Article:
Presently, Taft serves as counsel and co-counsel to a variety of individuals and businesses seeking insurance coverage for COVID-19 losses.
- In Dowding, et al. v. Nationwide Mutual Ins. Co., a proposed class action lawsuit, we represent as co-counsel a consumer who bought trip insurance from Nationwide for a cruise. Dowding bought an airline ticket from Chicago to her departure point, but the cruise was cancelled as a result of the pandemic. Rather than refund her airline ticket along with the cancelled cruise fees that were refunded, Nationwide denied her claim because the airline offered her a 90-day voucher for a replacement ticket. Not only was Dowding subject to stay-at-home orders that prevented her travel, but the cruise ships cancelled all cruises. On Sept. 29, 2020, Judge Virginia Kendall of the Northern District of Illinois denied Nationwide’s motion to dismiss and the matter has been referred to a settlement conference to occur on Jan. 14, 2021.
- In Ensemble Theatre Cincinnati v. The Cincinnati Insurance Company et al., Taft represents Plaintiff Ensemble Theatre pursuing civil authority and other claims against Cincinnati Insurance under policies that did not have a virus exclusion. The case was filed in state court in Hamilton County, Ohio. Cincinnati Insurance has filed a motion to dismiss and Ensemble Theatre’s response was due Oct. 23, 2020. No hearing has been set on the motion.
- In Firenze Ventures, LLC, et al. v. Twin City Fire Ins. Co., d/b/a The Hartford, Taft represents as co-counsel restaurants pursuing civil authority and other claims under limited virus coverage provided by Twin City. A hearing was held on October 9, 2020 on Twin City’s motion to dismiss, and the Court has scheduled a follow up conference for Dec. 1, 2020.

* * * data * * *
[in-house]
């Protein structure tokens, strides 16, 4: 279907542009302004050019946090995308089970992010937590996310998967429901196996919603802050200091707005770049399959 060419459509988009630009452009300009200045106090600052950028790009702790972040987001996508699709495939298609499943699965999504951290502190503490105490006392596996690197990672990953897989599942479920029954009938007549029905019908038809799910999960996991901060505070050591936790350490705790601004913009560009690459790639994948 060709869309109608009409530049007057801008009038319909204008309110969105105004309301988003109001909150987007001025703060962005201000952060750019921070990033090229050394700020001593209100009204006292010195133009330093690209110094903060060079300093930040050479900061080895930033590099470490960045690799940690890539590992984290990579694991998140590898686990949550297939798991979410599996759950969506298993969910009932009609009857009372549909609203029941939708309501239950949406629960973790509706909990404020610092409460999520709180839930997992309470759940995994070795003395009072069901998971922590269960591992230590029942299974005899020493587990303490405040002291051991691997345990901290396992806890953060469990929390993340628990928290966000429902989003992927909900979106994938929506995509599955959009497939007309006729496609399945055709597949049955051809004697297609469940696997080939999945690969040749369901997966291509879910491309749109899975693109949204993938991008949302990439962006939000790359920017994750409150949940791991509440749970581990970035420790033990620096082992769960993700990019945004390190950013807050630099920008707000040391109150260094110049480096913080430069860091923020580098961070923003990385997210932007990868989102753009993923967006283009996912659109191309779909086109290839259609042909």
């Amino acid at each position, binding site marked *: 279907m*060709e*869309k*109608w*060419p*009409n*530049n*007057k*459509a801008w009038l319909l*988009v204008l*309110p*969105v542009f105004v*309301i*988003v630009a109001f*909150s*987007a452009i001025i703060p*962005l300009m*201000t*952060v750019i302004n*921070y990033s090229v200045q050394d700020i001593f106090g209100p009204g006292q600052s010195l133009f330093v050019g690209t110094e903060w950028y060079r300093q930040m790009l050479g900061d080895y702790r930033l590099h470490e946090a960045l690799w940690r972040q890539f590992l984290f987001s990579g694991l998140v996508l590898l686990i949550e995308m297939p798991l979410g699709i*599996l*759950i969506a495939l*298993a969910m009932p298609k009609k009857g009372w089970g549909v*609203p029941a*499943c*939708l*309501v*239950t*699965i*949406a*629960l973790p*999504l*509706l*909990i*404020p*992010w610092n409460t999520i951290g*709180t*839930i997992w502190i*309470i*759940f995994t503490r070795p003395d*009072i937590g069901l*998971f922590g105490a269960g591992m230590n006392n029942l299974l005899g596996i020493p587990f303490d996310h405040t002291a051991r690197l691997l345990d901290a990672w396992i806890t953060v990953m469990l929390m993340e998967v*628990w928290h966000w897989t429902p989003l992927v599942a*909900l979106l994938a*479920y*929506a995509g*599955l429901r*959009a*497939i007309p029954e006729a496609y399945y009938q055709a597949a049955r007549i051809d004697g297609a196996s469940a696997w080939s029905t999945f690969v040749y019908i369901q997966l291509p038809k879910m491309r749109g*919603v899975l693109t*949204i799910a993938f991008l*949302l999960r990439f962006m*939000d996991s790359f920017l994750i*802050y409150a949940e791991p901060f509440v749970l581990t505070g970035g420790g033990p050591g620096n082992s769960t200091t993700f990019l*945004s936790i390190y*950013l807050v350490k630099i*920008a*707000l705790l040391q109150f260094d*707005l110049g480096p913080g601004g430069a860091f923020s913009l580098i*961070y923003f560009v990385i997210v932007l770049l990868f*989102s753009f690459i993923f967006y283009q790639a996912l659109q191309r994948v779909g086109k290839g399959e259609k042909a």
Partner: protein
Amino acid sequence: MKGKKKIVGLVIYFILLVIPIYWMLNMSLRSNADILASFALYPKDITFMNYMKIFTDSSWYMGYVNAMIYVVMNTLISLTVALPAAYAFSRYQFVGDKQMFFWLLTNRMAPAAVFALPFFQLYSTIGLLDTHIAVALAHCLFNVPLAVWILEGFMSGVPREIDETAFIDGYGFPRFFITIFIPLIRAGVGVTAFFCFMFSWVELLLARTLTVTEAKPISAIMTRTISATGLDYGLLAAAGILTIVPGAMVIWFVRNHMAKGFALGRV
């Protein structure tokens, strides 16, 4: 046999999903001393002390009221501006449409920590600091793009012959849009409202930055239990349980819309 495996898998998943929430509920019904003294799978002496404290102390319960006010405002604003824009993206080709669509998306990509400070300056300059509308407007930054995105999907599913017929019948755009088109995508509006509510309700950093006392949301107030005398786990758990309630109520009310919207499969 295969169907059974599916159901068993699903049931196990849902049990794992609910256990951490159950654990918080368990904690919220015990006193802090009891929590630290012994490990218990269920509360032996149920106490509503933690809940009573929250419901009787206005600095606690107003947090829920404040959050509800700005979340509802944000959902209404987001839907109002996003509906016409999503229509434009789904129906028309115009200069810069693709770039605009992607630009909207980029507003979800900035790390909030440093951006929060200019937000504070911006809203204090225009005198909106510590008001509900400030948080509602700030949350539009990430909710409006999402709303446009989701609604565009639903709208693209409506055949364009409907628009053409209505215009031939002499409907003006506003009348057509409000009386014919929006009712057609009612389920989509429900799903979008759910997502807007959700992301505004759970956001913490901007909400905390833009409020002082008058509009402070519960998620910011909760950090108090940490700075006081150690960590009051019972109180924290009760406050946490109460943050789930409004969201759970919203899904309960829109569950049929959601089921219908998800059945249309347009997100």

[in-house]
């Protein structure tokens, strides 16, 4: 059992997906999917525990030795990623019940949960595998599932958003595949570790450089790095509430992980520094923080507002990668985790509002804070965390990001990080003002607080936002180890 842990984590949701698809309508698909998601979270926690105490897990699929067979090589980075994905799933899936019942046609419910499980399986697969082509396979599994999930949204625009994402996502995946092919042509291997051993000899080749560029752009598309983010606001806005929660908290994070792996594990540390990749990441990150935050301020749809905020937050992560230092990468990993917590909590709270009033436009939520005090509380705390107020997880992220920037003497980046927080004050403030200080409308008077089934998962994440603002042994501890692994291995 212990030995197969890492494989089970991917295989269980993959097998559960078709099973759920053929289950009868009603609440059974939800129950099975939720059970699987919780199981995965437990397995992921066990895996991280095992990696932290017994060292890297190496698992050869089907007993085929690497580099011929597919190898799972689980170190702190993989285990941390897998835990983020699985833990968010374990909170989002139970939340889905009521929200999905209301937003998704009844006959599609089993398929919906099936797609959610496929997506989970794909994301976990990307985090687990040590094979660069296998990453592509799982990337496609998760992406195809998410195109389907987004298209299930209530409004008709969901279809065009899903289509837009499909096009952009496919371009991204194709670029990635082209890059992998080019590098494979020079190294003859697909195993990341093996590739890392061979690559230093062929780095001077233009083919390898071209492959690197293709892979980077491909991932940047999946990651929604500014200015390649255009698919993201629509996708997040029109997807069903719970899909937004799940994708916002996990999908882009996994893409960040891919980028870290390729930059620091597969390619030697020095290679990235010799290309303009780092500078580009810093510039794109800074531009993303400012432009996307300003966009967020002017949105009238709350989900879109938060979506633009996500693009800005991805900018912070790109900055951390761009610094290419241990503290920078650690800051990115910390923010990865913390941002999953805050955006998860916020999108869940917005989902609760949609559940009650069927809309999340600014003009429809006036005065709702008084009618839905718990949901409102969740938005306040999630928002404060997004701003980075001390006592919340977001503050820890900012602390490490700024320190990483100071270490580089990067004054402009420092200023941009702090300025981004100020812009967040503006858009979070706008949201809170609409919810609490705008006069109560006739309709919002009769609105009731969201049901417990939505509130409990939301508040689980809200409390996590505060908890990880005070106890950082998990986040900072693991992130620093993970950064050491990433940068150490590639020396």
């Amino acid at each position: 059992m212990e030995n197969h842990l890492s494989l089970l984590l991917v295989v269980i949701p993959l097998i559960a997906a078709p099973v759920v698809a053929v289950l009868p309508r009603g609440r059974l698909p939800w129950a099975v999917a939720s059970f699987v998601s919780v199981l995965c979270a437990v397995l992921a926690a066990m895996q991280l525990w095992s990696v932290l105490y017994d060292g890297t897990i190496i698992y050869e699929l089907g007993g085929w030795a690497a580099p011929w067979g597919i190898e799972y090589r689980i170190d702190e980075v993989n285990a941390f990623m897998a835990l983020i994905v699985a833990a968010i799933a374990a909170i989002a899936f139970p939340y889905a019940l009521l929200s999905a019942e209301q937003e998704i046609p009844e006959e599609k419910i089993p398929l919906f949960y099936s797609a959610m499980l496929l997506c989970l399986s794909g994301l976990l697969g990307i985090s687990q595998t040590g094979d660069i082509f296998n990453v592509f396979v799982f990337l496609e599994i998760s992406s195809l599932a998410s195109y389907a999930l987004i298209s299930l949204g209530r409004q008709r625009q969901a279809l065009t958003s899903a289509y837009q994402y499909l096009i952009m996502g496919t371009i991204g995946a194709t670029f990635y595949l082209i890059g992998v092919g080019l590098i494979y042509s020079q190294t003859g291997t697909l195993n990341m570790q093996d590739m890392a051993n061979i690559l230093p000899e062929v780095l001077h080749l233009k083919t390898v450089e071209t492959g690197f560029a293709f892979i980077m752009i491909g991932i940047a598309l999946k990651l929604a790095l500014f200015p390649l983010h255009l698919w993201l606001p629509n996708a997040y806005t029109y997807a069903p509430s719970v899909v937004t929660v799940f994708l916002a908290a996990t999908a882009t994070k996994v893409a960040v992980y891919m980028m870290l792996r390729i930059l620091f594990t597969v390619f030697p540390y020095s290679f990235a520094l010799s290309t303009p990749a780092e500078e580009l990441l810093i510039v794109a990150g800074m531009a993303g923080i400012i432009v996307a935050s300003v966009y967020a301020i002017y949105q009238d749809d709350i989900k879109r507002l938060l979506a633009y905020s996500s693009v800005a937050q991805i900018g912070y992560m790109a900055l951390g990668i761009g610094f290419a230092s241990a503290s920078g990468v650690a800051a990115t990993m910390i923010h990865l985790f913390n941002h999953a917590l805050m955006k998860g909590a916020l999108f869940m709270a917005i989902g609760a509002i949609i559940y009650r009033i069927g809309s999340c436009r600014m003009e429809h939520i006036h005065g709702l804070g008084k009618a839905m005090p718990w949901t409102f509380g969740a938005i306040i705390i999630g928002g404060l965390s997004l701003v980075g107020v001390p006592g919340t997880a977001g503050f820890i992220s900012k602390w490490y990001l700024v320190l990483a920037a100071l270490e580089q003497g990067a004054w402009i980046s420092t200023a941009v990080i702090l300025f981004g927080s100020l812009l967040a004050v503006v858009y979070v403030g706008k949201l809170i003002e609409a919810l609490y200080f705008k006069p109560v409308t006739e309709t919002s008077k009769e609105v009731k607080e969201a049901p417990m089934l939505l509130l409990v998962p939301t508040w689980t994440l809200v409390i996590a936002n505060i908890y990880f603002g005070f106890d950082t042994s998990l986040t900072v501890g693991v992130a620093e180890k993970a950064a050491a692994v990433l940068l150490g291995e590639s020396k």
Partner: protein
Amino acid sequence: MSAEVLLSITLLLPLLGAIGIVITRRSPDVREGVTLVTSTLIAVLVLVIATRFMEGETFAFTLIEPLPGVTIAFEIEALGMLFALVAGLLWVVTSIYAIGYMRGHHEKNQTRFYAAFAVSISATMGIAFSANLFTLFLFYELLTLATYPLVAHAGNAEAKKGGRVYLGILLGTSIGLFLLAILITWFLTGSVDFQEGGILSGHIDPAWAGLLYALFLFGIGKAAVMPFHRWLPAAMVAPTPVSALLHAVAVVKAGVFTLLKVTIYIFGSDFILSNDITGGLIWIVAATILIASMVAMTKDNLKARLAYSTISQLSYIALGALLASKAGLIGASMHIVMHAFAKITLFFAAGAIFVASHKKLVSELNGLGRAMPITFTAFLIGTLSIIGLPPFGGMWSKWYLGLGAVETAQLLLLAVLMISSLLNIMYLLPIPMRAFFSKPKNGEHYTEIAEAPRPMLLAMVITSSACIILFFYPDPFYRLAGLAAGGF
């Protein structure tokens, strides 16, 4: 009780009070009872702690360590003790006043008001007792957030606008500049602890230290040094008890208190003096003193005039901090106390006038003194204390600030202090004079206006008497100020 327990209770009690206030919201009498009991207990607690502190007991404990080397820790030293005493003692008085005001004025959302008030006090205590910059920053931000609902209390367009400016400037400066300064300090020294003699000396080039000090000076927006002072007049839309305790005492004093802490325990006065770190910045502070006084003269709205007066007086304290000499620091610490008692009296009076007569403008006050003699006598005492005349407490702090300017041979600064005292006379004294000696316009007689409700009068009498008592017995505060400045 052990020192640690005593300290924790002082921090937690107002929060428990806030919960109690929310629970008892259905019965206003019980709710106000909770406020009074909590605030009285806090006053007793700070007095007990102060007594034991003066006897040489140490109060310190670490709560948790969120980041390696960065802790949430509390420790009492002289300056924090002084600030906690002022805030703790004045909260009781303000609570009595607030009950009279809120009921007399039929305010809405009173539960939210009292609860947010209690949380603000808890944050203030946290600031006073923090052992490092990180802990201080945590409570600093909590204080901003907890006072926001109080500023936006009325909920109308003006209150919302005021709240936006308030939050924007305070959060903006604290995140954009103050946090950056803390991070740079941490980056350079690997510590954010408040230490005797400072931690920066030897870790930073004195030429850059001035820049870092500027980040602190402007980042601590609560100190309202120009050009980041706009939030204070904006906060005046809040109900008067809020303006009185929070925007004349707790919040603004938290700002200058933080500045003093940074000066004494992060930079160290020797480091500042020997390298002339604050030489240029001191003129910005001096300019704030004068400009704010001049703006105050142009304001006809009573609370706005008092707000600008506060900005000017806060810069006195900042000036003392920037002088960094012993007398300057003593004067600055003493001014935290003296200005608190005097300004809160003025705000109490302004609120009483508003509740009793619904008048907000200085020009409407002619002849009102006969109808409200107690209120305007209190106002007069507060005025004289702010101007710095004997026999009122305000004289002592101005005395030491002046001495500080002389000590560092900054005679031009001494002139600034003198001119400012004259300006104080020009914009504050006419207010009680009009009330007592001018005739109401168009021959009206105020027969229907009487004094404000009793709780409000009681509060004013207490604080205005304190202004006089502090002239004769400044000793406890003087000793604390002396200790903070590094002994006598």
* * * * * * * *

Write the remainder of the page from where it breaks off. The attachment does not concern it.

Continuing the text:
In Firenze, Twin City relied on a case that favors the plaintiffs. In Curtis O. Griess & Sons, Inc. v. Farm Bureau Ins. Co. of Nebraska, 528 N.W.2d 329 (Neb. 1995), the plaintiff’s swine were infected with pseudorabies after a tornado carried the virus to plaintiff’s swine-raising operation. The Farm Bureau policy insured against windstorm, a named peril, and infectious diseases were not excluded under the policy. The Nebraska Supreme Court held that where a virus has been transmitted by a covered peril, the covered peril was the proximate cause of the loss. The Court reasoned that without the windstorm, there would have been no infection of plaintiff’s swine. While the presence of the virus downwind was a prior condition, the windstorm was the proximate cause, and therefore the direct cause, of plaintiff’s loss. Since the windstorm directly caused the harm to plaintiff’s swine, the district court properly determined the insurer was liable. In Firenze, we are arguing that the COVID-19 virus was transmitted by the specifically named perils “aircraft or vehicle.” Because the coronavirus was transported to Illinois by aircraft or vehicles, aircraft or vehicles were the proximate cause of the loss.
- In Parson’s Chicken & Fish, LLC, et al. v. Society Ins. Co., Taft represents as co-counsel restaurants pursuing civil authority and other claims against Society Insurance under policies that did not have a virus exclusion. The case was filed in state court in Cook County, Illinois. Rather than remove the case to federal court, Society chose to file a motion for judgment on the pleadings. A hearing on Society’s motion is set for Jan. 20, 2021. Because Society did not remove the case to federal court, the case is not subject to the MDL Panel consolidation order.